New Short Story

Christopher T. Werkman
38 mins ·

Yes friends, it’s once again time for me to shamelessly shill for one of my short stories, a great piece in which a college student learns an important lesson about life from his summer job. It’s called Clocking Out, and it will be included in an anthology of time-themed stories entitled It’s About Time. This anthology will be published in November. If you order it now, the cost is $8.50, a savings of nearly 50% over it’s published cost of $15.95. You will receive it in November, just in time for Christmas/Chanukah gift-giving. If you’ve been very good, you can gift one to yourself. To secure a copy now at the pre-publication price, go here: .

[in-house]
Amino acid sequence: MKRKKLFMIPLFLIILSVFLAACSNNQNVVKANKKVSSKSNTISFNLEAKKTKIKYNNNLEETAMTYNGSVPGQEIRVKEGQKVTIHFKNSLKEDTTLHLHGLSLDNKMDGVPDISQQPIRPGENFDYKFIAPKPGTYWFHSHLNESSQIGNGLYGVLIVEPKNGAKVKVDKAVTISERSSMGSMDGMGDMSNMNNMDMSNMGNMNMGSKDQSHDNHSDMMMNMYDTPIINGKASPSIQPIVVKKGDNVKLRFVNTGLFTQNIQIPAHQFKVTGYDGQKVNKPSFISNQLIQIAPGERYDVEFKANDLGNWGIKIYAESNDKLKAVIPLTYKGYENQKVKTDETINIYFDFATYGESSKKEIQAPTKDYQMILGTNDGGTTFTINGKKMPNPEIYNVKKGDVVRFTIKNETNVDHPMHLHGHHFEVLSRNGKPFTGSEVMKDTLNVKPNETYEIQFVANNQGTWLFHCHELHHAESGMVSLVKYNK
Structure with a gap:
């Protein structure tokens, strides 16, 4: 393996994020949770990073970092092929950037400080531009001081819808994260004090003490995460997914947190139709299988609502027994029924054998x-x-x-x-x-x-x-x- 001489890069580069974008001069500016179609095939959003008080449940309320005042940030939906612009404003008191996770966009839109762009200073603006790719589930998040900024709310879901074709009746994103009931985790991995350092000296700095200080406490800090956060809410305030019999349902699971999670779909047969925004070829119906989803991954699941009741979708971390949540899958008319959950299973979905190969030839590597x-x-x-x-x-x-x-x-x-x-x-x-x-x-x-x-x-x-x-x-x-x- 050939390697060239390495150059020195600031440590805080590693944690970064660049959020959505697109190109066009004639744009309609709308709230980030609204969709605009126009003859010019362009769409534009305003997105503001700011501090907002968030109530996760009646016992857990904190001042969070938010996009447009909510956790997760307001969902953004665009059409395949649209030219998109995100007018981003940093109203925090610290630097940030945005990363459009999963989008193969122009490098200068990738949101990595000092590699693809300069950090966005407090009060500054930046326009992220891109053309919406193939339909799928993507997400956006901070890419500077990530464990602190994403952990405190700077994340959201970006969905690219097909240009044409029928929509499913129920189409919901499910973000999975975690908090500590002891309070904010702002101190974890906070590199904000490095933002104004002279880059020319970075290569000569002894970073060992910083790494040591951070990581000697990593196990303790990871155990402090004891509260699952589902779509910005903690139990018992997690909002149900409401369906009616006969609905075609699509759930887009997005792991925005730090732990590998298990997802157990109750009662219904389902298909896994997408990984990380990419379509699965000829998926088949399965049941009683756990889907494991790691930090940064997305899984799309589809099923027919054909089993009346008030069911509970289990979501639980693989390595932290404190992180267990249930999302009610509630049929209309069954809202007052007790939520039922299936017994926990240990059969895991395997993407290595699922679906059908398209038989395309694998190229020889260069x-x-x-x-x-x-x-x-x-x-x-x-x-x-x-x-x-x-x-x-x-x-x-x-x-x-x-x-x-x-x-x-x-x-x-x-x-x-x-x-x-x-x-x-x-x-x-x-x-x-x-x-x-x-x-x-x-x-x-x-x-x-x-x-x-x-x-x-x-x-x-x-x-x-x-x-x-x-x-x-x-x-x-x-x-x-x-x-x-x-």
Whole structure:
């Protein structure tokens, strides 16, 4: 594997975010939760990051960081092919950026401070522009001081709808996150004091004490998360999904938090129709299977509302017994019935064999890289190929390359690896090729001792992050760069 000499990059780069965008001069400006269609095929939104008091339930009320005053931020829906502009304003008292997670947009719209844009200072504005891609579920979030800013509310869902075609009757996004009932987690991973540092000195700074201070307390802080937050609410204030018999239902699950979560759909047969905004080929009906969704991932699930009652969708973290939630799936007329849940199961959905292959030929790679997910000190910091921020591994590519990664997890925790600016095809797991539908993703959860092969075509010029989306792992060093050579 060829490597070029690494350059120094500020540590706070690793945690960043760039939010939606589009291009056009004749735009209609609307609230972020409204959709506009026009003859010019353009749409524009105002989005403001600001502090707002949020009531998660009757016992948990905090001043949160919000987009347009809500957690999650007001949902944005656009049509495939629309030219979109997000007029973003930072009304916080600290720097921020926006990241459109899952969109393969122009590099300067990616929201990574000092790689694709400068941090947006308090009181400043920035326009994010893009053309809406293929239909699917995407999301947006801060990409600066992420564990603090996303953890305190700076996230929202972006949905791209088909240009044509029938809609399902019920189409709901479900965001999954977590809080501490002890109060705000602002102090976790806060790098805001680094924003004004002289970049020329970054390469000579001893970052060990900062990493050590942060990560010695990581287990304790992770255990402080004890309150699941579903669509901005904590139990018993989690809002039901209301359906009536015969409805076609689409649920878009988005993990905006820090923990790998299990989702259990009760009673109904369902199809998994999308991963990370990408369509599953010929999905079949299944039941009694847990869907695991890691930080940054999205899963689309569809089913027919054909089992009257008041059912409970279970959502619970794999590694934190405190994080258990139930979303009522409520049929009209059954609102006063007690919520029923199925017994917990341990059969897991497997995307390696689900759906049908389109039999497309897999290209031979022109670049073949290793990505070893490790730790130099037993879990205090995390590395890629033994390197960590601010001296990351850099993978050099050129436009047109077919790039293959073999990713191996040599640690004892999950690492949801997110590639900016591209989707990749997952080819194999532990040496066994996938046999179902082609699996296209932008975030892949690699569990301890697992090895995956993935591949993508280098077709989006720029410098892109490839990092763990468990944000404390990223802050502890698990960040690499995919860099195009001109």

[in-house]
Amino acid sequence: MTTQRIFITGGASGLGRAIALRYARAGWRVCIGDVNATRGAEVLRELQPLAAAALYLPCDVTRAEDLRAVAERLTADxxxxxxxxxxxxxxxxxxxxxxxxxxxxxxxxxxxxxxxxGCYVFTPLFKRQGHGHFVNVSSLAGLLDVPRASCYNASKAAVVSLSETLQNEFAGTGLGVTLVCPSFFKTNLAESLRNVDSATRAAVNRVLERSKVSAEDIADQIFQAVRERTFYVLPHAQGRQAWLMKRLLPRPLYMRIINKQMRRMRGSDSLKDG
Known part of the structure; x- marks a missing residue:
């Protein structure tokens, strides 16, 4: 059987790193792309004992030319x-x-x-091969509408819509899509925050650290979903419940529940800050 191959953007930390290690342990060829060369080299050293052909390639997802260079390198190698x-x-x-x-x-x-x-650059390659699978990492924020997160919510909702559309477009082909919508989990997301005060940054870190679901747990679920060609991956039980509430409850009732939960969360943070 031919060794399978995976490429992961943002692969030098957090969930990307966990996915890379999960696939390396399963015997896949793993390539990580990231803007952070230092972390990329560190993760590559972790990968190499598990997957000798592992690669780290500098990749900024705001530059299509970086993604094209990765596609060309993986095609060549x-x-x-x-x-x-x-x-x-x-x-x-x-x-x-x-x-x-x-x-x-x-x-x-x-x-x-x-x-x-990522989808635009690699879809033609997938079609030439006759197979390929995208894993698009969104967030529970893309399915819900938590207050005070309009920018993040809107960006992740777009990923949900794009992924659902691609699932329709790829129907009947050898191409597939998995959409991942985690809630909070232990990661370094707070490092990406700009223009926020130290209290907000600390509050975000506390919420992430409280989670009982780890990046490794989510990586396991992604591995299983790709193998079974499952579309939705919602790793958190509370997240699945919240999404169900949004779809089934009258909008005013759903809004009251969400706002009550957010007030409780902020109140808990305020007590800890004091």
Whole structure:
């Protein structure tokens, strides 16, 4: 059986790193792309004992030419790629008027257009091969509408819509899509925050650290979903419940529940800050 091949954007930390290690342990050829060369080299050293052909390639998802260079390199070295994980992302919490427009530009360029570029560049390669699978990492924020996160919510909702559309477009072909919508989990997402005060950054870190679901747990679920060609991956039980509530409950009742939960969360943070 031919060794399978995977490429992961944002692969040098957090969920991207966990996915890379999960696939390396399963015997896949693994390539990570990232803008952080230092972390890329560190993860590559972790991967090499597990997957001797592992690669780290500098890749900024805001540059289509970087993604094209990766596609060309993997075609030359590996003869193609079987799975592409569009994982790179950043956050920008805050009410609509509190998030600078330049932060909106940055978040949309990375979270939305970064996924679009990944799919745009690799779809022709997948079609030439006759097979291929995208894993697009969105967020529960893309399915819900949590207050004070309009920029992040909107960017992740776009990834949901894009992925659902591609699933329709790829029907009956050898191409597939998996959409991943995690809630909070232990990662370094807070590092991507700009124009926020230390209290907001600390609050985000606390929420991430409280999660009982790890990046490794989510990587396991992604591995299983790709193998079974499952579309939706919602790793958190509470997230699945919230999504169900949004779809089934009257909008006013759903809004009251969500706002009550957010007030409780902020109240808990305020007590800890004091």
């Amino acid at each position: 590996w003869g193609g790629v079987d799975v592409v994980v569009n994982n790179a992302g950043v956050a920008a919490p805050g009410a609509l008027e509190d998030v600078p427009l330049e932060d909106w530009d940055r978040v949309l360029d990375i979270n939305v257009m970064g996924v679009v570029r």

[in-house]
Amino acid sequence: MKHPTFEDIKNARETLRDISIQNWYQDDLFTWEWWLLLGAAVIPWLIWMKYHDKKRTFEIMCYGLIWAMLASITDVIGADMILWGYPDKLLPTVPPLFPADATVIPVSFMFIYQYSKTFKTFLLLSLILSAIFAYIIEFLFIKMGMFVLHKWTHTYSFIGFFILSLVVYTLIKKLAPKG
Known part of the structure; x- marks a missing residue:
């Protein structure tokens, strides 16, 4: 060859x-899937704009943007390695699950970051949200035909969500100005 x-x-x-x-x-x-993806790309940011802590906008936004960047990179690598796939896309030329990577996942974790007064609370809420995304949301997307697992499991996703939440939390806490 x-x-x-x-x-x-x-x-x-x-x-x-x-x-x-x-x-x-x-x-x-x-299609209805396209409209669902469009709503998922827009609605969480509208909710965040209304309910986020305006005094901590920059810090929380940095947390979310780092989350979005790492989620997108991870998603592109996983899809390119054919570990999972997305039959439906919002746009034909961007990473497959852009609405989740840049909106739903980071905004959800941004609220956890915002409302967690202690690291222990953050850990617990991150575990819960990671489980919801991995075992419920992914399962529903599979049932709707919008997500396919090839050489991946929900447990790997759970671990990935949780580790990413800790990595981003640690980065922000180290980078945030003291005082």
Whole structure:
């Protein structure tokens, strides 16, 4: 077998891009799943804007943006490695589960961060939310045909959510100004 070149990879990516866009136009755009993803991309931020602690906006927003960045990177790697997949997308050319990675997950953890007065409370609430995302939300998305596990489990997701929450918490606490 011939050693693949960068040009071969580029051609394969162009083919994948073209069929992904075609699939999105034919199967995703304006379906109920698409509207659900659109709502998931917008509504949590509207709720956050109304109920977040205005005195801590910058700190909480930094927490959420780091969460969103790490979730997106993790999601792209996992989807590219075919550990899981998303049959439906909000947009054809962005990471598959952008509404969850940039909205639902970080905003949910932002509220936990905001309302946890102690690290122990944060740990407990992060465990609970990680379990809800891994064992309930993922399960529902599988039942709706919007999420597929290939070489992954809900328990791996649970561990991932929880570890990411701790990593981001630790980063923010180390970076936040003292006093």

And by the way, for those of you who read (and enjoyed, I hope) Difficult Lies, Main Street published an anthology of stories a year or two ago entitled Voices From the Porch, in which I had a story, Coming to Terms. It chronicles Roxanne’s first meeting with Vic from Roxanne’s point of view. I believe you’ll like experiencing things from Roxanne’s perspective. Voices From the Porch is still available at the discounted price of $12.50 on Main Street’s site: .
Just click on shop, and follow the dropdown to anthology. Voices From the Porch is on the second page.


Blog Five

It’s been way too long since I blogged. Comes down to the fact that I’d rather spend writing time working on stories. But when I bought a booth at The Toledo Golf Show last February, something occurred numerous times that made me shake my head.